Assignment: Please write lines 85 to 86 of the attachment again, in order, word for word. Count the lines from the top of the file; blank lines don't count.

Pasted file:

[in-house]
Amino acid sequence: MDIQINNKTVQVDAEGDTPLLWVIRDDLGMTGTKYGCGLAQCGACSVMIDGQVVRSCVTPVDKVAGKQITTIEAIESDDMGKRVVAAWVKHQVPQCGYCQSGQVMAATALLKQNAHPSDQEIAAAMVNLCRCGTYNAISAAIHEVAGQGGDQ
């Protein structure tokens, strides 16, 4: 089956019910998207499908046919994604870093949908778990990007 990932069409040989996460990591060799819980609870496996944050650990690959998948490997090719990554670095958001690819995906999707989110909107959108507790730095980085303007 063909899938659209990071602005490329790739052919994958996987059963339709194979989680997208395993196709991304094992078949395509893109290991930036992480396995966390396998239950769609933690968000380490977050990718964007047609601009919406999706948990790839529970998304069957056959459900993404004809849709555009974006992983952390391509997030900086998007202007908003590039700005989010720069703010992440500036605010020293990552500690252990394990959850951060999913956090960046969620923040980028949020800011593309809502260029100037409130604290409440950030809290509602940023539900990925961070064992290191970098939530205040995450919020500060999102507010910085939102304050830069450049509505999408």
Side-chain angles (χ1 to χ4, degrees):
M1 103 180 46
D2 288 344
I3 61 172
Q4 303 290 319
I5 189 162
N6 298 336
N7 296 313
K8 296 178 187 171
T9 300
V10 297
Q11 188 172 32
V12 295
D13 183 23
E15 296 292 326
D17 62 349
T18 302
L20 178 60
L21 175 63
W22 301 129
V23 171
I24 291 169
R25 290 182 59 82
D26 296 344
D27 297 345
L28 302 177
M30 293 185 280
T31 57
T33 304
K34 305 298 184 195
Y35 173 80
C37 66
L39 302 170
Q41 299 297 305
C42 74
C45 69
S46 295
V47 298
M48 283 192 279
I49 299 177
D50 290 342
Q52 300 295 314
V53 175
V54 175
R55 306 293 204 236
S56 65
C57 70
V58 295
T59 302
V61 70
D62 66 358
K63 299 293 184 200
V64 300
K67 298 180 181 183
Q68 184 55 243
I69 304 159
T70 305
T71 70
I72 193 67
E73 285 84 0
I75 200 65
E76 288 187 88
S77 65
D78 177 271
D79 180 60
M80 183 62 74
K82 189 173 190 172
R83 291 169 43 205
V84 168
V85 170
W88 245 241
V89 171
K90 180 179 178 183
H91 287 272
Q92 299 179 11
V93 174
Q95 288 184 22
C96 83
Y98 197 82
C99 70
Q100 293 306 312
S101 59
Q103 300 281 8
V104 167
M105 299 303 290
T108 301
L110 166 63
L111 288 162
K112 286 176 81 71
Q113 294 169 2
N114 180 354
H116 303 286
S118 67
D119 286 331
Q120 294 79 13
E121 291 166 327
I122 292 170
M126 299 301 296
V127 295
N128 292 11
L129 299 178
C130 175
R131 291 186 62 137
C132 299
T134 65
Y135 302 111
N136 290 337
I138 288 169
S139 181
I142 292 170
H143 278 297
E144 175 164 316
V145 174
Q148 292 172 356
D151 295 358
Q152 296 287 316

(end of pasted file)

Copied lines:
S101 59
Q103 300 281 8